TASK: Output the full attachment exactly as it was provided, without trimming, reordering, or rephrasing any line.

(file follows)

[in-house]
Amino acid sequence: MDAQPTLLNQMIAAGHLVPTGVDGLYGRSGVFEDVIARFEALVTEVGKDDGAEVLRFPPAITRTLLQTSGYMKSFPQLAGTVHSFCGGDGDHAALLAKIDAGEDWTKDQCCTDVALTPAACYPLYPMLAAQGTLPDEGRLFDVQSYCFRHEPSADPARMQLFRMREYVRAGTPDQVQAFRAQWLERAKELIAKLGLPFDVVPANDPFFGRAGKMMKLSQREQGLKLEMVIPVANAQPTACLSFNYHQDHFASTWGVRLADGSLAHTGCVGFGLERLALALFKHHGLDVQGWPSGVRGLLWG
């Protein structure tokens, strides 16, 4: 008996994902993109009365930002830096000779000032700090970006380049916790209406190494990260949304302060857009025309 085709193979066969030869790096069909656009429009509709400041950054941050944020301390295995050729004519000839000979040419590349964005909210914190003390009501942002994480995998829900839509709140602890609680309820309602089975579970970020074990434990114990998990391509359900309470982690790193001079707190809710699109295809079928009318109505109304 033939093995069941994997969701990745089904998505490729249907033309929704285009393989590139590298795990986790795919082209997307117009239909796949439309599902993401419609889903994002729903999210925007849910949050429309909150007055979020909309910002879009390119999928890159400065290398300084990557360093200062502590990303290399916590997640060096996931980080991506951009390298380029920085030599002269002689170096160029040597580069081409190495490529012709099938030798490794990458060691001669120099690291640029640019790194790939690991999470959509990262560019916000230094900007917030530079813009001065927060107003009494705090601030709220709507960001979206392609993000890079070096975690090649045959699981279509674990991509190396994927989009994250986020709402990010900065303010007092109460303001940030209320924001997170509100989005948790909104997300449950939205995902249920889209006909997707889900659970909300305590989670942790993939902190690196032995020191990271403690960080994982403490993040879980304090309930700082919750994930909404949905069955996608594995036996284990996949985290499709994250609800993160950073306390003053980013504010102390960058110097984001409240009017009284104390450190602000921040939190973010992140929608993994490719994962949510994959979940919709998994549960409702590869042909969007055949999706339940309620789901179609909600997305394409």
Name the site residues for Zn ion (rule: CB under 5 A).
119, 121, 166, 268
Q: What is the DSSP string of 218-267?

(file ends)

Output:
[in-house]
Amino acid sequence: MDAQPTLLNQMIAAGHLVPTGVDGLYGRSGVFEDVIARFEALVTEVGKDDGAEVLRFPPAITRTLLQTSGYMKSFPQLAGTVHSFCGGDGDHAALLAKIDAGEDWTKDQCCTDVALTPAACYPLYPMLAAQGTLPDEGRLFDVQSYCFRHEPSADPARMQLFRMREYVRAGTPDQVQAFRAQWLERAKELIAKLGLPFDVVPANDPFFGRAGKMMKLSQREQGLKLEMVIPVANAQPTACLSFNYHQDHFASTWGVRLADGSLAHTGCVGFGLERLALALFKHHGLDVQGWPSGVRGLLWG
């Protein structure tokens, strides 16, 4: 008996994902993109009365930002830096000779000032700090970006380049916790209406190494990260949304302060857009025309 085709193979066969030869790096069909656009429009509709400041950054941050944020301390295995050729004519000839000979040419590349964005909210914190003390009501942002994480995998829900839509709140602890609680309820309602089975579970970020074990434990114990998990391509359900309470982690790193001079707190809710699109295809079928009318109505109304 033939093995069941994997969701990745089904998505490729249907033309929704285009393989590139590298795990986790795919082209997307117009239909796949439309599902993401419609889903994002729903999210925007849910949050429309909150007055979020909309910002879009390119999928890159400065290398300084990557360093200062502590990303290399916590997640060096996931980080991506951009390298380029920085030599002269002689170096160029040597580069081409190495490529012709099938030798490794990458060691001669120099690291640029640019790194790939690991999470959509990262560019916000230094900007917030530079813009001065927060107003009494705090601030709220709507960001979206392609993000890079070096975690090649045959699981279509674990991509190396994927989009994250986020709402990010900065303010007092109460303001940030209320924001997170509100989005948790909104997300449950939205995902249920889209006909997707889900659970909300305590989670942790993939902190690196032995020191990271403690960080994982403490993040879980304090309930700082919750994930909404949905069955996608594995036996284990996949985290499709994250609800993160950073306390003053980013504010102390960058110097984001409240009017009284104390450190602000921040939190973010992140929608993994490719994962949510994959979940919709998994549960409702590869042909969007055949999706339940309620789901179609909600997305394409």
Name the site residues for Zn ion (rule: CB under 5 A).
119, 121, 166, 268
Q: What is the DSSP string of 218-267?